Tactical reasons too call for prudence. Armies the world over have little trouble in smashing rebel camps, tasks that are not dissimilar to conventional warfare. The real challenge lies in what follows – giving a sense of security to the population, preventing a resurgence of militancy, and carrying out fast-track development; tasks that are all manpower intensive. Insurgents, therefore, take it as matter of doctrine to wait till the counter-insurgent shifts his attention to other ‘terrorist hotbeds’, and strike when supply lines thin. There is plenty to learn from Mao -‘…extend guerrilla warfare…, make a front out of the enemy’s rear, and force him to fight ceaselessly throughout the territory he occupies’. Antagonizing more militants will require Pakistan to deploy more troops to control the ‘liberated’ population, who will subsequently demand the army to provide it with security and logistics and, very likely, shift its allegiance if those demands are not met.

The extra troops can come from only one place – Pakistan’s border with India, where tensions have flared since the Mumbai attacks. Here, the best the United States could do is to maintain a safe distance. Lacking legitimacy as an interlocutor in both New Delhi and Islamabad, even well-intentioned efforts by Washington will be viewed as ‘taking sides’, complicating matters further. Confidence building measures between India and Pakistan have a high gestation period. Accepting this fact and showing perseverance will yield better results and reduce trust deficits between the three countries.

India Reversing the Militant Card On Pakistan

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India’s foreign secretary said India and Pakistan should not let Islamist militants sabotage efforts to improve bilateral relations after a meeting with her Pakistani counterpart June 24. This statement marks a noteworthy shift in New Delhi’s attitude, which since the 2008 Mumbai attacks had been adamant that it would not hold any substantive talks with Islamabad unless the latter prevented militants from attacking India. The shift in India’s position is informed by its desire to exploit the Islamist militancy within Pakistan to its advantage, as well as by the U.S.-Pakistani alignment on Afghanistan. But the Indo-Pakistani rapprochement is very new, and could well still founder.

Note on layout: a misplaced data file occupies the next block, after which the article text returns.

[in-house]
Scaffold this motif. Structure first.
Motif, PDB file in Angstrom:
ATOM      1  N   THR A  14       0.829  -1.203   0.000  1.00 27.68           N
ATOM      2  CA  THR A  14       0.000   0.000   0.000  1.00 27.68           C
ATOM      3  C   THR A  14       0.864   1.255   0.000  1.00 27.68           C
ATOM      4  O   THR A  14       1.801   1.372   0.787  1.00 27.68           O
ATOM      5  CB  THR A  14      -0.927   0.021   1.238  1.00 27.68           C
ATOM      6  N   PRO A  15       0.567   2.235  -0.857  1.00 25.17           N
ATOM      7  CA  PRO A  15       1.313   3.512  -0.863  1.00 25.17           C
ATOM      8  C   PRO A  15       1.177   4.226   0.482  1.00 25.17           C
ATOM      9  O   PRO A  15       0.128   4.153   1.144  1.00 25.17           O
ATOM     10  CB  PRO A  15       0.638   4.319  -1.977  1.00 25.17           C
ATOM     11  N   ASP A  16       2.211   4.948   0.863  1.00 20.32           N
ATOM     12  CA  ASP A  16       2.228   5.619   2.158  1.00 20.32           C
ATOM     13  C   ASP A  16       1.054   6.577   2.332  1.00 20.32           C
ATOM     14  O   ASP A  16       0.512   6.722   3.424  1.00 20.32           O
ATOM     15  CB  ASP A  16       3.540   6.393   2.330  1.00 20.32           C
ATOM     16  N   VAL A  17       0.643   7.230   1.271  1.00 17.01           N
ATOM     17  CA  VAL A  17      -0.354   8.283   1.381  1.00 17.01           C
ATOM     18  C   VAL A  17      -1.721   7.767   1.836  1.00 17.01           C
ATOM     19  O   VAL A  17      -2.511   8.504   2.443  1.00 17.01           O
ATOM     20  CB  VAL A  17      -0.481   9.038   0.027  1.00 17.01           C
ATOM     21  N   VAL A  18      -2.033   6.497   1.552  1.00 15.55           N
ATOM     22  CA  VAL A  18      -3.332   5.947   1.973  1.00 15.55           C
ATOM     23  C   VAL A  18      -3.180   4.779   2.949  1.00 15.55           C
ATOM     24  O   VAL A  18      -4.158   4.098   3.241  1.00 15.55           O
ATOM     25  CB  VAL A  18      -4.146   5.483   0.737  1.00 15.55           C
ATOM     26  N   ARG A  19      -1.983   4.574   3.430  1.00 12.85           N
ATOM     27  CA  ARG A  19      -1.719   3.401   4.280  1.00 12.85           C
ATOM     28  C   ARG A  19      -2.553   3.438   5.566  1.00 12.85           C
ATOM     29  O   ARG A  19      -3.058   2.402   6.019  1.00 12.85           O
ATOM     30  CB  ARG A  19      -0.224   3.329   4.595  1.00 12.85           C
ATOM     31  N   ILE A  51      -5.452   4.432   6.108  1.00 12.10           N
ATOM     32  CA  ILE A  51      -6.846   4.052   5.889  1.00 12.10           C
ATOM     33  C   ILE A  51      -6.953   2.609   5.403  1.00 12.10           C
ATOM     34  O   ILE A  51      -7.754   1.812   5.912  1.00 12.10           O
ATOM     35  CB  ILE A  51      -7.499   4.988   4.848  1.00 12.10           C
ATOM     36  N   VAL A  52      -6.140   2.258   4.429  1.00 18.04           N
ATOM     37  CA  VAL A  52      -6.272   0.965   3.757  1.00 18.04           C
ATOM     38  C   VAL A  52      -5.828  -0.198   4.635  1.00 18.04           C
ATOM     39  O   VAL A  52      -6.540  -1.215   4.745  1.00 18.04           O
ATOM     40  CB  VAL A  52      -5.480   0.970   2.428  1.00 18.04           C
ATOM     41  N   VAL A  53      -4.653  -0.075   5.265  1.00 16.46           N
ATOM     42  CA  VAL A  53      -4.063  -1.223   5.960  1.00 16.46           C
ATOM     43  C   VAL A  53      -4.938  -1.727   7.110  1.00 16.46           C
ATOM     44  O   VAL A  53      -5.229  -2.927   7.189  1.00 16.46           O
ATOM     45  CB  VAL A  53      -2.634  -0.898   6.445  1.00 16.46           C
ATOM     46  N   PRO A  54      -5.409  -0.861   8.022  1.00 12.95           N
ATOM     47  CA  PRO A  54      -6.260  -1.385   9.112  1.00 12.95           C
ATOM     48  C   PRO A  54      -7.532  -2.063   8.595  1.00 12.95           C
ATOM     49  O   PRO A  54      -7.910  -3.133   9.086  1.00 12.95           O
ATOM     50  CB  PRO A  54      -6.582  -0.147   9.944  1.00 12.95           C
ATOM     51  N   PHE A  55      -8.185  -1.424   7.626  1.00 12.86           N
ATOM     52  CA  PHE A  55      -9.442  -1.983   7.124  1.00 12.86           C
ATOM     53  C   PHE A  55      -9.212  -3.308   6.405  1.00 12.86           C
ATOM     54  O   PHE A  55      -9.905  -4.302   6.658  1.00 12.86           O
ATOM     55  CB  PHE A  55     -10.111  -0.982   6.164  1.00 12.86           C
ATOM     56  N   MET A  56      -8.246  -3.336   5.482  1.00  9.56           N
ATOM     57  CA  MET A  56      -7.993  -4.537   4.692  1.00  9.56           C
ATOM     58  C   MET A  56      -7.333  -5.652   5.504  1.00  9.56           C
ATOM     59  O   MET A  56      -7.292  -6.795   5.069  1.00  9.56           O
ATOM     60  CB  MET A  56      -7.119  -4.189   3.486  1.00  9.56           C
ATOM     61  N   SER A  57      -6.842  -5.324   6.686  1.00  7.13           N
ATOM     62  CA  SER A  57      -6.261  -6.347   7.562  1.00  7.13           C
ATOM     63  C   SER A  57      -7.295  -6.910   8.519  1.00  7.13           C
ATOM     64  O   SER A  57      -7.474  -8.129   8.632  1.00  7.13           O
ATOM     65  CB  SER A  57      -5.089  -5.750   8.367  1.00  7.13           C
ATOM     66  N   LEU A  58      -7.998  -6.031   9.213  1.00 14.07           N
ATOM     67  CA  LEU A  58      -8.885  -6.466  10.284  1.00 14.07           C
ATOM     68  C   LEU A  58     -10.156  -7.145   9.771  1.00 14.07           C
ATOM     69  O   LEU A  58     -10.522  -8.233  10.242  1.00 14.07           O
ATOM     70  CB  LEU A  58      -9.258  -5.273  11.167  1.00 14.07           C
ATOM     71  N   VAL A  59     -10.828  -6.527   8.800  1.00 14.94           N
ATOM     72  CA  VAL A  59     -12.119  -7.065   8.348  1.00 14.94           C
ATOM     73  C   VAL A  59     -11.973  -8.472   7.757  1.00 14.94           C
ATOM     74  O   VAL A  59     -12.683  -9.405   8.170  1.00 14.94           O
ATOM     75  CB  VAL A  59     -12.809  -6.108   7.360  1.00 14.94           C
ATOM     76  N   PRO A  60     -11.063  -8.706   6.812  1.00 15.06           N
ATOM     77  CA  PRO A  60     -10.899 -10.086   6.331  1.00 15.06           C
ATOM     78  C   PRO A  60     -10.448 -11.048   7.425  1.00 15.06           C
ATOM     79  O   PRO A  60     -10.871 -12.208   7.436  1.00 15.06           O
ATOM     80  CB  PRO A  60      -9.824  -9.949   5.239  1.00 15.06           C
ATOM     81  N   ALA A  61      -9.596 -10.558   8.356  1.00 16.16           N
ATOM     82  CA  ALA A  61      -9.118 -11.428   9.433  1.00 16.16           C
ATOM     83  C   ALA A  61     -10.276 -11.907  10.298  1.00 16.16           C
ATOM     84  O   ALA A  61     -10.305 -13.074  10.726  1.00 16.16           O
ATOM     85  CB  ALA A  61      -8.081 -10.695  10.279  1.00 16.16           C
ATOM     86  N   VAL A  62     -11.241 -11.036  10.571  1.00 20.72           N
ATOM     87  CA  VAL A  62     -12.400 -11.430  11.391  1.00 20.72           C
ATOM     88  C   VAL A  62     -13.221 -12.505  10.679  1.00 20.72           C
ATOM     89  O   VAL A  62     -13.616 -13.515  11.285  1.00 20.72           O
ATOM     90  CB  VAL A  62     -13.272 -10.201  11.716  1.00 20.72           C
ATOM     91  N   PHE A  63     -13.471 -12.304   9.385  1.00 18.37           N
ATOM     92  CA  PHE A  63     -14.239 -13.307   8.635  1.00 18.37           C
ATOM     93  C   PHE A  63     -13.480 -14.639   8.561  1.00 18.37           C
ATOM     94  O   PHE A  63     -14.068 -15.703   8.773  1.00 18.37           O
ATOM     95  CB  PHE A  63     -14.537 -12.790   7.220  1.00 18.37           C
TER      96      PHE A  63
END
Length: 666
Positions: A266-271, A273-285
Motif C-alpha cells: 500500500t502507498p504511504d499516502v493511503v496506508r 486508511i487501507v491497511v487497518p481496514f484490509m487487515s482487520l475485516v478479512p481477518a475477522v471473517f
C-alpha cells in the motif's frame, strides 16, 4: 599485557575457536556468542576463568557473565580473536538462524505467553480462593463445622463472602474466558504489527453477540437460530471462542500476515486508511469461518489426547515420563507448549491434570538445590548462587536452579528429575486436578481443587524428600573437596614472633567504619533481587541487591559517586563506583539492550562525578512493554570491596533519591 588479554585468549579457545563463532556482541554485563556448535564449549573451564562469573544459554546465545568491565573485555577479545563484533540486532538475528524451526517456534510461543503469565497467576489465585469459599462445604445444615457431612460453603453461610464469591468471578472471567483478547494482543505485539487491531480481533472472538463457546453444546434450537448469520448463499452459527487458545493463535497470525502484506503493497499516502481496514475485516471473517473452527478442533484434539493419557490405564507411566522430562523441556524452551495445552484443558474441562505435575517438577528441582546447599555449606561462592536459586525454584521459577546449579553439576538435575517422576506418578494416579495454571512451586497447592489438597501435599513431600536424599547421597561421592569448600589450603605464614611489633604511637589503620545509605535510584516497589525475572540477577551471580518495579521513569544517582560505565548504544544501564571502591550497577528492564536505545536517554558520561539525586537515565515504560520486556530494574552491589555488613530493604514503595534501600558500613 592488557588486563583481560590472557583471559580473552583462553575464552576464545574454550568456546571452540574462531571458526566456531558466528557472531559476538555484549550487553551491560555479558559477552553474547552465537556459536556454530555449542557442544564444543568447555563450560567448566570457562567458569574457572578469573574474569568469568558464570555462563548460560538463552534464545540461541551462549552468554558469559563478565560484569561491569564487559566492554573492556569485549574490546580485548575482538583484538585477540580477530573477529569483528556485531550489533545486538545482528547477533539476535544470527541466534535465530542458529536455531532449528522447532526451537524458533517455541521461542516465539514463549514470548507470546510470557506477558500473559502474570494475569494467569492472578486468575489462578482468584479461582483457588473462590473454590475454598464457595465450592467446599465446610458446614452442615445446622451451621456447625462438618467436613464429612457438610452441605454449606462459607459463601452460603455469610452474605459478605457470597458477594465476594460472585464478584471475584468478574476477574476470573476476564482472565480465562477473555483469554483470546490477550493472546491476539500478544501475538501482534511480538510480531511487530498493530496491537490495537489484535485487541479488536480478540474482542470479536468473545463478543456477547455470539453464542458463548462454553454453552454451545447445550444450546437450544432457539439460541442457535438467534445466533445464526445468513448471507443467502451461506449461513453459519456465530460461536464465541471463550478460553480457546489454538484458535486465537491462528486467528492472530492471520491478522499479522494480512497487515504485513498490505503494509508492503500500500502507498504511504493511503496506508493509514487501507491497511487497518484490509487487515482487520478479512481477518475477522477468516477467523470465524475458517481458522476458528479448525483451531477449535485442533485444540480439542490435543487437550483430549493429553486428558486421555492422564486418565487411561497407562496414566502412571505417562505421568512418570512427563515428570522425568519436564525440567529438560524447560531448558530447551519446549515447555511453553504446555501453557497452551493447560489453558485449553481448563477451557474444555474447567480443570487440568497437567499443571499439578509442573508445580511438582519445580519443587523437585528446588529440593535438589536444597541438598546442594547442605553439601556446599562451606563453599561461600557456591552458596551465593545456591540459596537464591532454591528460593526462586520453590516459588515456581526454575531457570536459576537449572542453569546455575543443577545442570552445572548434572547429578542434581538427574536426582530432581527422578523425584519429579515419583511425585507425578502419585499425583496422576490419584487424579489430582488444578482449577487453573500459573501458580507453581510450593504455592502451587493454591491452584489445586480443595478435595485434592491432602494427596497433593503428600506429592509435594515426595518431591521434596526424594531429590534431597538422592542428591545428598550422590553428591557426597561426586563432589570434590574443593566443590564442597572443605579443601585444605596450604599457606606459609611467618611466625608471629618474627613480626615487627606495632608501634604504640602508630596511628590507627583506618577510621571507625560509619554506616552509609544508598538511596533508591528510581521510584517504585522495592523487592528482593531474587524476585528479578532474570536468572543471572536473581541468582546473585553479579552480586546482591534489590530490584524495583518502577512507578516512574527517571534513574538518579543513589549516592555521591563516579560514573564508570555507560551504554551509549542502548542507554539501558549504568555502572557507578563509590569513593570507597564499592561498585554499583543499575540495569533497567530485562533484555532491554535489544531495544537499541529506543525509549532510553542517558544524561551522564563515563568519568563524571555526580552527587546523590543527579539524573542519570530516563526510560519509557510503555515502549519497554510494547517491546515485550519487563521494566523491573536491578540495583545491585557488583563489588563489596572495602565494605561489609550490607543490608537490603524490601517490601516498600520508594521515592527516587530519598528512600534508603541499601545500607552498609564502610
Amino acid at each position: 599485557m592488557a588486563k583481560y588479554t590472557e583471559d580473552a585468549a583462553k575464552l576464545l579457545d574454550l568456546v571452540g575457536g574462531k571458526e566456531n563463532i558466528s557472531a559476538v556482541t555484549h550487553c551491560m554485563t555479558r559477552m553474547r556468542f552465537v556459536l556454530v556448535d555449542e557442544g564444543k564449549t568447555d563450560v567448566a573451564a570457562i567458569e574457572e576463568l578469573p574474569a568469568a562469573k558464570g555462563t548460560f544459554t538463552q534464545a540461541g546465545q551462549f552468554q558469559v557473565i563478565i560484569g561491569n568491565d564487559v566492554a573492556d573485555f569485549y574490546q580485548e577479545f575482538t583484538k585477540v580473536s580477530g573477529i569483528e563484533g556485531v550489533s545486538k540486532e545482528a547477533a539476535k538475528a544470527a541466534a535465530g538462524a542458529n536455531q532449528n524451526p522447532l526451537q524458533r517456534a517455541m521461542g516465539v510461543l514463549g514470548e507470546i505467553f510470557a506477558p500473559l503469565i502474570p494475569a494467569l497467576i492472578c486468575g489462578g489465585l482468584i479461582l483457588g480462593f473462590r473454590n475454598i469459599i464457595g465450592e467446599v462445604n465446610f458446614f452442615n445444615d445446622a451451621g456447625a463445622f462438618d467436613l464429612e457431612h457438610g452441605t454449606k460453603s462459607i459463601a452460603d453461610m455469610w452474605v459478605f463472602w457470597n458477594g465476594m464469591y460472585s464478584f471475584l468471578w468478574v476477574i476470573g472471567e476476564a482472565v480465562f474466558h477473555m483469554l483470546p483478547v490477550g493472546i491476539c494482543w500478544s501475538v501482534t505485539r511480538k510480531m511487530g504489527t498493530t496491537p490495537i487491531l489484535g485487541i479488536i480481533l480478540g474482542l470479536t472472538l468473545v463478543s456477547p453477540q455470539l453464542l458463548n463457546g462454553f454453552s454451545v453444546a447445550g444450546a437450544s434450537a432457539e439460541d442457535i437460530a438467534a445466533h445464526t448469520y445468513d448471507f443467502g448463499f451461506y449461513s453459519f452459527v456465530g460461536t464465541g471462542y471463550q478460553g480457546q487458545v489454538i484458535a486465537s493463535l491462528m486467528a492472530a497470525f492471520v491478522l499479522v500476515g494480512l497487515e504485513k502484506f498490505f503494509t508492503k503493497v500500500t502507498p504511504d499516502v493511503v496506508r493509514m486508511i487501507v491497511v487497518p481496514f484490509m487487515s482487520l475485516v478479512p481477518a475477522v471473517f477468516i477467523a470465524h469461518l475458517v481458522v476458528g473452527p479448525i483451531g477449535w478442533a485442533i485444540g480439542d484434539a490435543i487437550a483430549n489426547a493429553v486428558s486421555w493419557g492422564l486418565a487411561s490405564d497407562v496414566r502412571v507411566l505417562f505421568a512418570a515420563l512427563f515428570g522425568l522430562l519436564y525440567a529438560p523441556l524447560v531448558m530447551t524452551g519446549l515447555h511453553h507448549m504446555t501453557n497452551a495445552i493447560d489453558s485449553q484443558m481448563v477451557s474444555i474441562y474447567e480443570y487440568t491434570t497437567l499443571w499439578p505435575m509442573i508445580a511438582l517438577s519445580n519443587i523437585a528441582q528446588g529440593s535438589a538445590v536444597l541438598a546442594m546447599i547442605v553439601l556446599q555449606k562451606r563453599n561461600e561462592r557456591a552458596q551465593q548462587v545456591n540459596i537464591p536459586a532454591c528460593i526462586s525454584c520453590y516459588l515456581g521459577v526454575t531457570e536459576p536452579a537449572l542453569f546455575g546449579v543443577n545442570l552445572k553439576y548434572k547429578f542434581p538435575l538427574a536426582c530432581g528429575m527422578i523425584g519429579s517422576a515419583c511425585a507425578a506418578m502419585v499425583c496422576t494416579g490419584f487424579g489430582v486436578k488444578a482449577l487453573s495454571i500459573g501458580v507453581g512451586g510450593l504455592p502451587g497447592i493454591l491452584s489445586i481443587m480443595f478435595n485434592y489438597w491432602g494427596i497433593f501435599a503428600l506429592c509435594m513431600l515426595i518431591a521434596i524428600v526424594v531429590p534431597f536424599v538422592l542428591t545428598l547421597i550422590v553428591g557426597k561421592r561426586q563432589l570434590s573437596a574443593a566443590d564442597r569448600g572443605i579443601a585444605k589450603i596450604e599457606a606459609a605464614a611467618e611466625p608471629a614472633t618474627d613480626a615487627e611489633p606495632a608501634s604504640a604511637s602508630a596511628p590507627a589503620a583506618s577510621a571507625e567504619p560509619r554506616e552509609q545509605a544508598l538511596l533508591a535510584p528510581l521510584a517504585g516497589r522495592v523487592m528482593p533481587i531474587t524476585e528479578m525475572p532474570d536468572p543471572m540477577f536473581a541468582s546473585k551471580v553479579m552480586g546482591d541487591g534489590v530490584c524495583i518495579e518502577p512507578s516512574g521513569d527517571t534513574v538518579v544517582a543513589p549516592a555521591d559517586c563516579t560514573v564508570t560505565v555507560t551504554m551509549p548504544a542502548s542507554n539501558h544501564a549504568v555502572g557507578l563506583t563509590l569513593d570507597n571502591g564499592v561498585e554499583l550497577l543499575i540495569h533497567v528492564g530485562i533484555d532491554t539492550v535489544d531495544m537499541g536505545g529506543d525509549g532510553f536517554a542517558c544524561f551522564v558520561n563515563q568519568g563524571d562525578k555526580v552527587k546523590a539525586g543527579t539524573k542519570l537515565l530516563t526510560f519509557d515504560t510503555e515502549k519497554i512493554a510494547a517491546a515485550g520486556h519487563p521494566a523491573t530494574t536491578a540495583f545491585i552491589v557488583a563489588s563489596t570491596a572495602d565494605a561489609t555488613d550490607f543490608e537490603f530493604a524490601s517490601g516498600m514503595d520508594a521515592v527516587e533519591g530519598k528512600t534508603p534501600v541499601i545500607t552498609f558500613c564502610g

During a joint press conference in Islamabad on June 24 with her Pakistani counterpart, Indian Foreign Secretary Nirupama Rao called on the two South Asian nuclear powers to deny terrorists the opportunity to derail improving Indo-Pakistani relations. This latest bilateral meeting follows an April 30 meeting between the prime ministers of both countries, which ended with a call on the two countries’ foreign ministers to meet as soon as possible to discuss ways to resume the normalization process, which was undermined by the November 2008 Mumbai attacks.

After the meeting between the two prime ministers, STRATFOR pointed out that the rationale behind the softening of the Indian stance had to do with the U.S.-Pakistani alignment on Afghanistan. Washington needs to cooperate with Pakistan to achieve its goals in Afghanistan, a need that has resulted in improved U.S.-Pakistani relations and that raised serious concerns in India that Islamabad was no longer under pressure to act against Islamist militants targeting India. U.S. and Indian interests had aligned after Sept. 11, resulting in pressure on Islamabad that New Delhi saw as a means of containing Pakistan from using Islamist militant proxies to counter the growing gap between Indian and Pakistani military capabilities.